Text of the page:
Zerafite - The Maltese Cross Pattern In Moisturizers

Zerafite - The Maltese Cross Pattern In Moisturizers

The Maltese Cross Pattern, observed under a cross-polarized microscope, is crucial for identifying effective barrier repair moisturizers that strengthen the skin barrier. When properly formulated, eczema creams, moisturizers for dry skin, and barrier repair moisturizers exhibit this distinctive pattern.

When selecting a barrier repair moisturizer, prioritize those showcasing the Maltese Cross Pattern under a cross-polarized microscope. This guide will clarify the significance of this pattern in moisturizing creams.

Where is the Maltese Cross Pattern observed?

This pattern may be found under a cross-polarized microscope in:

  • Barrier repair moisturizers
  • Face creams, body creams, and hand creams
  • Moisturizing skin creams
  • Eczema creams
  • Healthy human skin
  • Tape stripping from normal skin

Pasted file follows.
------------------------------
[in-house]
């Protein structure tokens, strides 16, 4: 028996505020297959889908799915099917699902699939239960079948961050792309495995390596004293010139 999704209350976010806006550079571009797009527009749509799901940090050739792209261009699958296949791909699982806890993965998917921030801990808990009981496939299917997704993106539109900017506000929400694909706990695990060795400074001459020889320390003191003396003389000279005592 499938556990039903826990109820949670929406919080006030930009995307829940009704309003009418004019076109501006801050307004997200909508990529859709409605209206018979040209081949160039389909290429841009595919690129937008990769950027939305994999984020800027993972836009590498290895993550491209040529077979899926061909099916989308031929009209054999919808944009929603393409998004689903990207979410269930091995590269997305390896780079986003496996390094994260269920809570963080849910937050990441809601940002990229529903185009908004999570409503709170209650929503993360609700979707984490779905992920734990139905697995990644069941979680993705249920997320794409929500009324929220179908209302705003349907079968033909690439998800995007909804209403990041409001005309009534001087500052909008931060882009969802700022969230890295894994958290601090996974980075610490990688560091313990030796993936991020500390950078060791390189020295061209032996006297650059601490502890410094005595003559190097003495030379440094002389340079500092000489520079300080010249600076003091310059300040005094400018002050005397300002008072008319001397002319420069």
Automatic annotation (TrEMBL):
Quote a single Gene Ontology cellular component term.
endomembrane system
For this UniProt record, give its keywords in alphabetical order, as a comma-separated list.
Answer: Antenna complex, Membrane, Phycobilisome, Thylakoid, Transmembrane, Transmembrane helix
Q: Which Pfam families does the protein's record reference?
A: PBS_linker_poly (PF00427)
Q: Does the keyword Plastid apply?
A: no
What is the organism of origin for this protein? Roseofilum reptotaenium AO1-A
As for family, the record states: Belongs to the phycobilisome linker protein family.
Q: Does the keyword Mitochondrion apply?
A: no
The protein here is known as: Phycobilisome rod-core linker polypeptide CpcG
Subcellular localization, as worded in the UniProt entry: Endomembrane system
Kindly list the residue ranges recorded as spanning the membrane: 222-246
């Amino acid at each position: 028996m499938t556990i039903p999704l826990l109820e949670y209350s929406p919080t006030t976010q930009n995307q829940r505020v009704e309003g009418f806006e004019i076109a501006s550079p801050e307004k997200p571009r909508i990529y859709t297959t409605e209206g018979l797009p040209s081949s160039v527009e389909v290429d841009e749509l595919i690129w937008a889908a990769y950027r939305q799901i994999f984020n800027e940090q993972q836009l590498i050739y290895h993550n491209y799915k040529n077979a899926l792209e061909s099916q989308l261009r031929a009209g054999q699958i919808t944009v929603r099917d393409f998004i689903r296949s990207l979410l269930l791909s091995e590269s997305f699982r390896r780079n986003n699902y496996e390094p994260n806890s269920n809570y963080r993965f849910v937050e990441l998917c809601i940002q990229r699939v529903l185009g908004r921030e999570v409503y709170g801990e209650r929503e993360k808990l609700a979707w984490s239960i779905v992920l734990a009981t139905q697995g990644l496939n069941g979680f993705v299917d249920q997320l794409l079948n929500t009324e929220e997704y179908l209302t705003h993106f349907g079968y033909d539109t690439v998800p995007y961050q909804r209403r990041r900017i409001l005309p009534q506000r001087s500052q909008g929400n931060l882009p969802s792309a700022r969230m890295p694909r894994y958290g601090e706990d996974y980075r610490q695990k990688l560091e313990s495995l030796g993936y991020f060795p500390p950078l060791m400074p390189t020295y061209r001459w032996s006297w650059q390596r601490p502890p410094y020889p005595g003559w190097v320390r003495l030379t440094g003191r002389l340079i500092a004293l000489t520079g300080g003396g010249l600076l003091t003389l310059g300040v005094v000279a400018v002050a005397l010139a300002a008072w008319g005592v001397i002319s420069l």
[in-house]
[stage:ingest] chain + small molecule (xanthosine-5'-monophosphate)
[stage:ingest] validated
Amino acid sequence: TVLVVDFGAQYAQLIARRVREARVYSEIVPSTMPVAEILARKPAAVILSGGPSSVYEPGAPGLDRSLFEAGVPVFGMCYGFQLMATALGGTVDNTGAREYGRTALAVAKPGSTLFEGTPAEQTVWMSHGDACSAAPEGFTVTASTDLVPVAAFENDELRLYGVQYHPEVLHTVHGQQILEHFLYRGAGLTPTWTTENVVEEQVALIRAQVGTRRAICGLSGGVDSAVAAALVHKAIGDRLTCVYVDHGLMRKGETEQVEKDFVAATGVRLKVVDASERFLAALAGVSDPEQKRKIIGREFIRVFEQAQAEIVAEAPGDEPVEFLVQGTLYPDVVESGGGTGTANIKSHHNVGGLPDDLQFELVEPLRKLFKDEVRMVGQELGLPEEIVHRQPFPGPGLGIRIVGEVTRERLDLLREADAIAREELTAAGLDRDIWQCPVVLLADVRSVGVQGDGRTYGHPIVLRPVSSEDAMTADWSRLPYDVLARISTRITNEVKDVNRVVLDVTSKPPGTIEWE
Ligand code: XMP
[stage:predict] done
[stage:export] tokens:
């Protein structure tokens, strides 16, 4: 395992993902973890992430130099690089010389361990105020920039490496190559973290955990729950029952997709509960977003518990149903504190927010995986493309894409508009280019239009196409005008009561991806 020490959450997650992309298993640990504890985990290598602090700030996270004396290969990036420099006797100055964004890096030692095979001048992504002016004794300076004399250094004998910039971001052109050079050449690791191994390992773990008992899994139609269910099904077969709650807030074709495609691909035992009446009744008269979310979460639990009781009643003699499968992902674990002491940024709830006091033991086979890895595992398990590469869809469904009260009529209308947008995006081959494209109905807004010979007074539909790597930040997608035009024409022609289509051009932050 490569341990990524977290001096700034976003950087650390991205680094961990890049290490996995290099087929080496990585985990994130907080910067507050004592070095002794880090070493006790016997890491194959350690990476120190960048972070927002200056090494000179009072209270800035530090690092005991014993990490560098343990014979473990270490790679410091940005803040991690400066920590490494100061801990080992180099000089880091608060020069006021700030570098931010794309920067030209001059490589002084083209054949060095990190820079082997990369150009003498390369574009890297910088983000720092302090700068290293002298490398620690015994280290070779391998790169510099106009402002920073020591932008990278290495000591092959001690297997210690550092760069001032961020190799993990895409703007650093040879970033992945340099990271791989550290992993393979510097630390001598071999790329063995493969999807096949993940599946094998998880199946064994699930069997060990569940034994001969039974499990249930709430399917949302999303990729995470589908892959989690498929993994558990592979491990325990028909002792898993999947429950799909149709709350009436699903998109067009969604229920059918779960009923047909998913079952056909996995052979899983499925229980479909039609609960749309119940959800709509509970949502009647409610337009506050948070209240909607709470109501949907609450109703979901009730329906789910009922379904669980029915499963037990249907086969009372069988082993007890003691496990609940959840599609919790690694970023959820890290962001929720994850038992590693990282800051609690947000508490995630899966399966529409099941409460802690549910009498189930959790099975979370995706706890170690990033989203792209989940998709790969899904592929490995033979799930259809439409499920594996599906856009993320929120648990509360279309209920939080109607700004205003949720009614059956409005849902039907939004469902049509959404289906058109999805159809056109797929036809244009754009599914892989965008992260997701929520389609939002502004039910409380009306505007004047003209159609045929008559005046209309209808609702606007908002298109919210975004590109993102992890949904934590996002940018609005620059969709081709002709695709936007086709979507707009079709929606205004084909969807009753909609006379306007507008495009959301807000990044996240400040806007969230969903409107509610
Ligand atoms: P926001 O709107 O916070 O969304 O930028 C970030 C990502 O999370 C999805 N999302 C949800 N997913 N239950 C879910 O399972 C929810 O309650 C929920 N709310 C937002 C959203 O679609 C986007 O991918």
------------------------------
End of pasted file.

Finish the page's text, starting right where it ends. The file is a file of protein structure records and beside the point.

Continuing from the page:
Why is the Maltese Cross Pattern crucial for the skin barrier?

The skin barrier consists of lipid layers surrounding keratinocyte skin cells in the upper epidermal layer called the stratum corneum. These lipids include ceramides, fatty acids, and cholesterol, which, in healthy skin, are present in a 1:1:1 ratio and arranged in an orthorhombic pattern, forming a strong protective skin barrier. The Maltese Cross Pattern is seen in healthy skin with a robust protective barrier when viewed under a cross-polarized microscope.

Why is it important for moisturizers to display a Maltese Cross Pattern?

For a barrier repair moisturizer to be effective, its lipids must mimic the natural structure of skin lipids. These lipids are like puzzle pieces that must fit together perfectly to minimize the space between them. Gaps between lipids lead to water evaporation from the skin, causing dehydration. Optimal barrier repair moisturizers contain lipids with the same shape and structure as those in the stratum corneum. The Zerafite Barrier Repair Creams feature the Maltese Cross Pattern.

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